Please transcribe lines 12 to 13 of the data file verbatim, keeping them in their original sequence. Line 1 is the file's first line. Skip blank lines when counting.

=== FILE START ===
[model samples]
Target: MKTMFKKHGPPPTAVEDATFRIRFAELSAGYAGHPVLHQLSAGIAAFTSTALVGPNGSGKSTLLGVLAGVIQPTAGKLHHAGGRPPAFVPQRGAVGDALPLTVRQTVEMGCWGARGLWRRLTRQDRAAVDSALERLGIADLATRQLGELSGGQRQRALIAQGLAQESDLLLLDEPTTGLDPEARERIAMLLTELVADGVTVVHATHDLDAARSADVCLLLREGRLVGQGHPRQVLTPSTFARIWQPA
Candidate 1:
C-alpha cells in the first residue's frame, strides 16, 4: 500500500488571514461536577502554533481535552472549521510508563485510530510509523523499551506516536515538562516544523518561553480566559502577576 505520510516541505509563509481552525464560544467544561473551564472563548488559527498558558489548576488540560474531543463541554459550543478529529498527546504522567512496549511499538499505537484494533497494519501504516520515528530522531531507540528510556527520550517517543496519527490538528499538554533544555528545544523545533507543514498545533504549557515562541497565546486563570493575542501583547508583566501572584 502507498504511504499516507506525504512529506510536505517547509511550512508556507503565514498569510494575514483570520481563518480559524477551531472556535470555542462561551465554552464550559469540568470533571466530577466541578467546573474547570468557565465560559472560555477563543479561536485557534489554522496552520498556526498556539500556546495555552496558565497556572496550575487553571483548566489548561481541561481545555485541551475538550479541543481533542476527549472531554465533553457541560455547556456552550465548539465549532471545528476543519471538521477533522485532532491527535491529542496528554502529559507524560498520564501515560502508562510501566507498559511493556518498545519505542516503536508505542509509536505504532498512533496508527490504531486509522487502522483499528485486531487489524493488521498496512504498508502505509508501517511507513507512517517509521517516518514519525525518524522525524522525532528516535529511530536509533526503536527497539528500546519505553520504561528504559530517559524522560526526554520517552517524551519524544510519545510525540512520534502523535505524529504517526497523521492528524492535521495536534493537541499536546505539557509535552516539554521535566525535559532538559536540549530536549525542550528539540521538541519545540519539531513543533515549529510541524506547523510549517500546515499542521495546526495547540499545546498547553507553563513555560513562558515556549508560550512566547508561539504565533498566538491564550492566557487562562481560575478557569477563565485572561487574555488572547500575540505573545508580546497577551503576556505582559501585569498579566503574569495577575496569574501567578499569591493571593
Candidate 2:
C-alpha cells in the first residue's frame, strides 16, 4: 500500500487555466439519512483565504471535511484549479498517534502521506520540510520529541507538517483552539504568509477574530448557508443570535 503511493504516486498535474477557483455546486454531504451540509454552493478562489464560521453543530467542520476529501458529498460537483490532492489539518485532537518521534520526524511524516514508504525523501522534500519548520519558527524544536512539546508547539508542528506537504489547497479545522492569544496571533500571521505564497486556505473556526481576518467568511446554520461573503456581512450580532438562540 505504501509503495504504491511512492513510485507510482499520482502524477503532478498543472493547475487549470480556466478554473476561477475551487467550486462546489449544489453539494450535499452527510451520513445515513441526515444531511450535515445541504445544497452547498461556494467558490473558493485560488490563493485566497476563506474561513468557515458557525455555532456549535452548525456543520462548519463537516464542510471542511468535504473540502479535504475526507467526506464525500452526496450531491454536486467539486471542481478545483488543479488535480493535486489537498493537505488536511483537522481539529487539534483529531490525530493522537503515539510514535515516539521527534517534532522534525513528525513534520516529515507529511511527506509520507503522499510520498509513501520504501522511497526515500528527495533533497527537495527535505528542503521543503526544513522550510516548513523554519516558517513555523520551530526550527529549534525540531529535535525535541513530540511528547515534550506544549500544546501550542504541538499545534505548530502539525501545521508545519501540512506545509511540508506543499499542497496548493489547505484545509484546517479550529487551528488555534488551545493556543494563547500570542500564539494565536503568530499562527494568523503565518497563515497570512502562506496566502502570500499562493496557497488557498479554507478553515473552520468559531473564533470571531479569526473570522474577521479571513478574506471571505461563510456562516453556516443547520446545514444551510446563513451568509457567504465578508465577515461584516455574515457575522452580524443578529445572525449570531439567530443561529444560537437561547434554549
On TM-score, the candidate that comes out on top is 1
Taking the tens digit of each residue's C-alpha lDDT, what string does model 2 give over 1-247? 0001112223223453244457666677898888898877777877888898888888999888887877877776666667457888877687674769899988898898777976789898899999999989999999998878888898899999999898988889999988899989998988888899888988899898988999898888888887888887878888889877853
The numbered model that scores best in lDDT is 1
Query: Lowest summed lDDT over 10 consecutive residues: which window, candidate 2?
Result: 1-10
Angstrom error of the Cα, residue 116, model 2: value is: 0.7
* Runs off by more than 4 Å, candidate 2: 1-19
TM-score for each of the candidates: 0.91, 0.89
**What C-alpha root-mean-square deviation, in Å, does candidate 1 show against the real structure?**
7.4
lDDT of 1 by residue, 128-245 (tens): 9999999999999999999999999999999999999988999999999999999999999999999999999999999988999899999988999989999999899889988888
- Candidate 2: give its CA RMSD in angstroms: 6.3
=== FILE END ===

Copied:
Angstrom error of the Cα, residue 116, model 2: value is: 0.7
* Runs off by more than 4 Å, candidate 2: 1-19